Experiments on Design of Obstacle Avoiding Robots Based on Sensors, Bluetooth, and IoT

Experiments on Design of Obstacle Avoiding Robots Based on Sensors, Bluetooth, and IoT

Shirshak Kumar (CSIR-CSIO, Chandigarh, India), Suraj (CSIR-CSIO, Chandigarh, India), Sahil Sandhu (CSIR-CSIO, Chandigarh, India), Narinder Singh Jassal (CSIR-CSIO, Chandigarh, India), Jitendra Virmani (CSIR-CSIO, Chandigarh, India) and Kriti (Thapar Institute of Engineering and Technology, India)
DOI: 10.4018/978-1-5225-9574-8.ch006

Abstract

The mobile robotics industry is related to creating mobile robots that can move around in physical environments. Different types of mobile robot designs for obstacle avoidance have been experimented in the past based on different sensors, trajectory algorithms, etc. The chapter presents implementation details of different obstacle avoiding robots (OARs) using sensors, Bluetooth module, and IoT modules. The sensor-based obstacle-avoiding robots are designed using ultrasonic sensors and Arduino microcontrollers. Bluetooth-based obstacle-avoiding robots have been designed using Arduino mega and Bluetooth module and an Android application. IoT-based obstacle-avoiding robots can be designed in three different ways, using ethernet shield, node MCU, or Raspberry Pi. The IoT-based obstacle-avoiding robot using Raspberry Pi is the most popular mobile robot model that uses maximum on-chip modules in comparison to other designs, and also, the design can be extended by using cameras to use images for sensing the objects in order to avoid collisions.
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Literature Survey

Many attempts have been made in the past for the design of autonomous mobile robots. All these differ basically in the choice of sensors used, mapping of the path to be followed, the operations used to set the operational parameters and the hardware platform utilized.

The designs of the obstacle avoiding robots (OARs) discussed in the chapter are shown in Figure 1.

Figure 1.

The designs of the obstacle avoiding robots (OARs) discussed in the chapter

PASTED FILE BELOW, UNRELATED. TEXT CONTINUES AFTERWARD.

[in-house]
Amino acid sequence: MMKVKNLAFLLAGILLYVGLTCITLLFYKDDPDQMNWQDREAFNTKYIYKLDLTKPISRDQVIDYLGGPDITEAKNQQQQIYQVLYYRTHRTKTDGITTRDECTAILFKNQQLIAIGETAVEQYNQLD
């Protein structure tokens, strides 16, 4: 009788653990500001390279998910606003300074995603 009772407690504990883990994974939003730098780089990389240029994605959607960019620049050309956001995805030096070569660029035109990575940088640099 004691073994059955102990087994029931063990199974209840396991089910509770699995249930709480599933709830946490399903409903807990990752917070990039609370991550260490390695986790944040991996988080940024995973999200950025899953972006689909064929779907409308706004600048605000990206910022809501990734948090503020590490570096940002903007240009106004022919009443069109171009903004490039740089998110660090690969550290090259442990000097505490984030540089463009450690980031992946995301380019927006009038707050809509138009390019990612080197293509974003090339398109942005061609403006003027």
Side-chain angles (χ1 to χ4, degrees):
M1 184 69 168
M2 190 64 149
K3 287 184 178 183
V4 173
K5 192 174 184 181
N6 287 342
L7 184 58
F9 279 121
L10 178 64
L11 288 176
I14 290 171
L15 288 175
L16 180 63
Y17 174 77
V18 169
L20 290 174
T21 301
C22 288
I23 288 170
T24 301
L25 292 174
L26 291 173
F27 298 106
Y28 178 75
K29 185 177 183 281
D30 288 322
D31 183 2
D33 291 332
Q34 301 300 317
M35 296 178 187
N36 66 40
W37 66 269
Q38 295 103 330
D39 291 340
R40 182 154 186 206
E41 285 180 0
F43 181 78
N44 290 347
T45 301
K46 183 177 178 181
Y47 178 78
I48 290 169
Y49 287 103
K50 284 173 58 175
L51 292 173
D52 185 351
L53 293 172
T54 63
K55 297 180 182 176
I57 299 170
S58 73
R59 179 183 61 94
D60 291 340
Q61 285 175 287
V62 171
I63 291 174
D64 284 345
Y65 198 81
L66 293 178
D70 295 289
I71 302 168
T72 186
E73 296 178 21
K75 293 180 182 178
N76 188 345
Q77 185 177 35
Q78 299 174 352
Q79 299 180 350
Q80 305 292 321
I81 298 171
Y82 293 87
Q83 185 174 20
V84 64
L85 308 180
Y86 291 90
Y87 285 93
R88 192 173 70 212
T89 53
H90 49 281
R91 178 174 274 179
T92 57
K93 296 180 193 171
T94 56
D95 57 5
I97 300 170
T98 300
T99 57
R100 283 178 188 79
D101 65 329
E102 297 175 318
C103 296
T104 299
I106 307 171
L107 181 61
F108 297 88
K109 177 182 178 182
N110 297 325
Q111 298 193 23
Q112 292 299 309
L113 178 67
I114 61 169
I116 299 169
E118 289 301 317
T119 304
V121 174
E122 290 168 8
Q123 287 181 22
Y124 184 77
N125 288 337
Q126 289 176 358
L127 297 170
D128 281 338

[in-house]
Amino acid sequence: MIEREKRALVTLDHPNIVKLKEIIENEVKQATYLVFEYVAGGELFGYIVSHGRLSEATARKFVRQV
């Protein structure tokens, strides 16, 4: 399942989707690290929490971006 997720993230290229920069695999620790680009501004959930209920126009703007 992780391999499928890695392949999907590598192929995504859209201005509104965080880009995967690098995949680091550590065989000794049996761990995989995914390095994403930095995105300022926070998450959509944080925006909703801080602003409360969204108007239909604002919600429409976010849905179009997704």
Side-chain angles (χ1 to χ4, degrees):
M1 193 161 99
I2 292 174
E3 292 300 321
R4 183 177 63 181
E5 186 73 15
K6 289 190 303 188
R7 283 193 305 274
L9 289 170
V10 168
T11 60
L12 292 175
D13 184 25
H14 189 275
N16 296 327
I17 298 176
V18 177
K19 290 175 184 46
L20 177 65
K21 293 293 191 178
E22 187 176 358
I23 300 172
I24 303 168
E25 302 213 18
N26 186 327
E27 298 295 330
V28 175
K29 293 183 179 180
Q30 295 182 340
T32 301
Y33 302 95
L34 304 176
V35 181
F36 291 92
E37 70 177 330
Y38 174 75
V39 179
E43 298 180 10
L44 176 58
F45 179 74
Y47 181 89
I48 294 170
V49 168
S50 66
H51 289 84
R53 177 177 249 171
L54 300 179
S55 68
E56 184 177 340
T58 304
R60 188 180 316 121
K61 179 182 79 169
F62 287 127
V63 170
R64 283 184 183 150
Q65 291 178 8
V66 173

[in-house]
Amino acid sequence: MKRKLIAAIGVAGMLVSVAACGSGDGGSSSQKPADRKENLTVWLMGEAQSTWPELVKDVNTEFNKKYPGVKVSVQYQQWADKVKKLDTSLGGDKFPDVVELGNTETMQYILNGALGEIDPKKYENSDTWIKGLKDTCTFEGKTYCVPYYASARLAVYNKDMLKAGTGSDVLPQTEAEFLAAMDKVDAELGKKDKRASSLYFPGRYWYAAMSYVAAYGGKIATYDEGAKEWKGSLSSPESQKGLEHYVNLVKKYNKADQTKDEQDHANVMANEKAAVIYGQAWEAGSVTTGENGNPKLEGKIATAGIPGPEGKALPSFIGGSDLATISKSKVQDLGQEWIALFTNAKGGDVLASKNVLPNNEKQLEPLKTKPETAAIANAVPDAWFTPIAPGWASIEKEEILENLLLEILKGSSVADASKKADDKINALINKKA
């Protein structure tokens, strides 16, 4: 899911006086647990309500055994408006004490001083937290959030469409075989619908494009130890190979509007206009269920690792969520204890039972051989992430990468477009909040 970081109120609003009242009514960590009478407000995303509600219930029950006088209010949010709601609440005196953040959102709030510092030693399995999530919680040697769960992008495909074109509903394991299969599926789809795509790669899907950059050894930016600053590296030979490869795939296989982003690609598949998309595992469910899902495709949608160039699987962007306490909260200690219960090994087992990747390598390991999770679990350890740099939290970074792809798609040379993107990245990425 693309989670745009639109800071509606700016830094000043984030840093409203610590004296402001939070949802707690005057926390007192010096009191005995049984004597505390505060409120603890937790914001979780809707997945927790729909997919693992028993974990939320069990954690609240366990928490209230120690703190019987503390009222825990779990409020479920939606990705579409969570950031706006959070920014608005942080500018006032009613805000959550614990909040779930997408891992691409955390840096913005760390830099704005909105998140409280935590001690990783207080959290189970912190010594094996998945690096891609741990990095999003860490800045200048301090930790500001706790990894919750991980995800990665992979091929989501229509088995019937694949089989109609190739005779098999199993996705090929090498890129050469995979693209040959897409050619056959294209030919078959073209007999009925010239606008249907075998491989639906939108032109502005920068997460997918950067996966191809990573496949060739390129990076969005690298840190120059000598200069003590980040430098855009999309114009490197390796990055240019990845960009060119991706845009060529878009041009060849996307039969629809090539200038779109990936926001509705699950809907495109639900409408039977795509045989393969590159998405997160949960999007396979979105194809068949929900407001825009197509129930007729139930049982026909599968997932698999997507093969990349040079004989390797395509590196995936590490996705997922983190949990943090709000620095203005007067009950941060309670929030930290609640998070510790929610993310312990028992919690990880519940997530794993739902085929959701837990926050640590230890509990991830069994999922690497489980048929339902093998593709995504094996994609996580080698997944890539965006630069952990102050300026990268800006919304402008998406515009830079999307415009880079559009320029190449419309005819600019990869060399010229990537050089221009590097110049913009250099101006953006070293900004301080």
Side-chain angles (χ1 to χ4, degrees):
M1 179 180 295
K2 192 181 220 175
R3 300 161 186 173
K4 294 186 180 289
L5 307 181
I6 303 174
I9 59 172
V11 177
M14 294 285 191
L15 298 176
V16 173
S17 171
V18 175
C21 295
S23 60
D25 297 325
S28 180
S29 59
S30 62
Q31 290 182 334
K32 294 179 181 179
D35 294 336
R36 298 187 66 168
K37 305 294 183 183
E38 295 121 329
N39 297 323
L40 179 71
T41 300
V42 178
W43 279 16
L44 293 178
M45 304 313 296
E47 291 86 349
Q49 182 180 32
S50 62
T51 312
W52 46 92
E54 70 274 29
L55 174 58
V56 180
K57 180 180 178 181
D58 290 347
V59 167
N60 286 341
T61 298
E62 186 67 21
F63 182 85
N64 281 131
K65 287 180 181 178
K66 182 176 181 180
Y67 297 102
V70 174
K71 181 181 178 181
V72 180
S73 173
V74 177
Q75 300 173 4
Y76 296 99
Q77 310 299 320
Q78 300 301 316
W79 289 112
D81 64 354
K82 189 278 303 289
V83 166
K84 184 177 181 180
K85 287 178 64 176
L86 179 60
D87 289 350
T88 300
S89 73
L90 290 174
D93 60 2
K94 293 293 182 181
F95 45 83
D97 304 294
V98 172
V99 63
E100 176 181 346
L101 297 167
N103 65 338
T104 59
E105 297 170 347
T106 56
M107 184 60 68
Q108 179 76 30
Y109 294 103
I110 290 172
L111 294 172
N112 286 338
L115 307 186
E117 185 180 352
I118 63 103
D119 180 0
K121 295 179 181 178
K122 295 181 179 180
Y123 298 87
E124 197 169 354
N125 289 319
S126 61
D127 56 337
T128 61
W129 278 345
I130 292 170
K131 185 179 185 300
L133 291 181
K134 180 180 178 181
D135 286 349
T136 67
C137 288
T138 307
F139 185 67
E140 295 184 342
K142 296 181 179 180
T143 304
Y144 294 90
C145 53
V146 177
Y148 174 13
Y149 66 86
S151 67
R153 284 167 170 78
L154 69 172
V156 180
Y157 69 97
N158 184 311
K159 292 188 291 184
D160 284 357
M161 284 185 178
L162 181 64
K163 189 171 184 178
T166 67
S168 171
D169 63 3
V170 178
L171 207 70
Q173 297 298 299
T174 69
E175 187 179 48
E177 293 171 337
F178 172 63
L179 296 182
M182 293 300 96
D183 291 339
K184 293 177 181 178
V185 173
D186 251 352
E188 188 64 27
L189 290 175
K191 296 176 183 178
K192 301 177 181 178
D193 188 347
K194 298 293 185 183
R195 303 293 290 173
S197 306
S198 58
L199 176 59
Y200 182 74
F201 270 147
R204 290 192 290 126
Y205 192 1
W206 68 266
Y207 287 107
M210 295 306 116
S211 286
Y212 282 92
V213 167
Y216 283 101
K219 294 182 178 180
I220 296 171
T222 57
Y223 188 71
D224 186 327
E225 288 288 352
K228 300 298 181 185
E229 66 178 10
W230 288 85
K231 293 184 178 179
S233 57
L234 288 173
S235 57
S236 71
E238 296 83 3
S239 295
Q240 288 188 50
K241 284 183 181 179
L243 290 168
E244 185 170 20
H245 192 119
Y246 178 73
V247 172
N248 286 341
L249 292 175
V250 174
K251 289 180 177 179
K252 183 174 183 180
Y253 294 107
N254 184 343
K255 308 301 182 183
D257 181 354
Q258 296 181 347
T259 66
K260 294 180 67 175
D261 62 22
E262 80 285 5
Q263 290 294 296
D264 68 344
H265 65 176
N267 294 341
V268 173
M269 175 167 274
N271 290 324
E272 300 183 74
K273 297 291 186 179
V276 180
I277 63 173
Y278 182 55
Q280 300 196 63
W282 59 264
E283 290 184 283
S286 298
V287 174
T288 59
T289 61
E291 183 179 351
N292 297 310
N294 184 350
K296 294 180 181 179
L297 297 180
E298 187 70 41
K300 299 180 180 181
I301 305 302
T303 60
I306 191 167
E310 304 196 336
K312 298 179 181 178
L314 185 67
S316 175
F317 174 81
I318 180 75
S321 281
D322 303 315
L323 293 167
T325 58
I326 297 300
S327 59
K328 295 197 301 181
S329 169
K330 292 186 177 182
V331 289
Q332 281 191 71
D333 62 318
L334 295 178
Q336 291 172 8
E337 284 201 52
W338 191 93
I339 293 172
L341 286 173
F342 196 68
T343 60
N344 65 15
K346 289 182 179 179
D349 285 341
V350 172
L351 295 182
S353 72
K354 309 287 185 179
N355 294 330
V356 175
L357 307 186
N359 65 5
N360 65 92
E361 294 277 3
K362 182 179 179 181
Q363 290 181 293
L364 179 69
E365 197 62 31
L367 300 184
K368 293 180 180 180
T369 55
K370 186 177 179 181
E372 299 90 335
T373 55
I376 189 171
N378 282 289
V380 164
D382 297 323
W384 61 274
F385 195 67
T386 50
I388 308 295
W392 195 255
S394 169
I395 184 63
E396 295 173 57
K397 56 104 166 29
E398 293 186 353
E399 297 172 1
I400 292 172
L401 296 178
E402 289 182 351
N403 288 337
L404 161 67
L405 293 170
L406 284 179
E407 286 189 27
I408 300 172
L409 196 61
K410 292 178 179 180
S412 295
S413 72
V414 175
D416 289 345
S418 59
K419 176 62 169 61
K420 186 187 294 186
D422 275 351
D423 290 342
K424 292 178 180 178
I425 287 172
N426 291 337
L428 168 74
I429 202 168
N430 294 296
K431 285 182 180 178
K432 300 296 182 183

978-1-5225-9574-8.ch006.f01

Tabassum et al. (2017) presented the design of an obstacle avoiding robot using Arduino microcontroller and three ultrasonic sensors for obstacle detection.

Chen et al. (2009) designed two models of a wheeled mobile robot for obstacle avoidance. The two models were named: Model 1: short-distance obstacle avoidance model and Model 2: target-driven obstacle avoidance model. The first model makes use of the ultrasonic sensors for avoiding the obstacles while the target-driven model makes use of fuzzy logic along with the sensor signals for speed control.

Yang et al. (2010) presented an intelligent mobile robot design for avoiding obstacles using multiple ultrasonic sensors and fuzzy control rules. All the programming has been performed in the VC environment using C and Colbert language.

Xiong et al. (2011) analyzed the movement of the designed robot under complex unknown environments. The robot’s obstacle avoiding algorithm is based on MIMO fuzzy rules on the basis of the shape analysis of the obstacle.

Boujelben et al. (2013) proposed an approach that is based on a hierarchical Fuzzy controller for designing an obstacle avoiding robot which can be placed in an unknown environment containing mobile obstacles.

Yamada et al. (2013) proposed a robot design that follows a designated path by avoiding mobile obstacles. In order to scan the region for obstacles, two laser sensors (one at the front and one at back) have been used.

Bhagat et al. (2016) designed an obstacle avoiding robot using ultrasonic sensors and ATMEGA-8 microcontroller.

Wu et al. (2014) used 6 ultrasonic sensors and ATMEGA 162 microcontroller to design an obstacle avoiding system on the wheeled robot that continuously scans its surroundings to avoid the obstacles while moving towards the desired target. A PD controller was also integrated into the design for the wall-following method so that the robot could avoid large obstacles.

Jathavara et al. (2017) designed an obstacle avoiding robot based on ultrasonic sensors and a biologically inspired learning method to compute the location and speed of the obstacle such that robot could compute a time window within which it completes its movement to avoid the obstacle.

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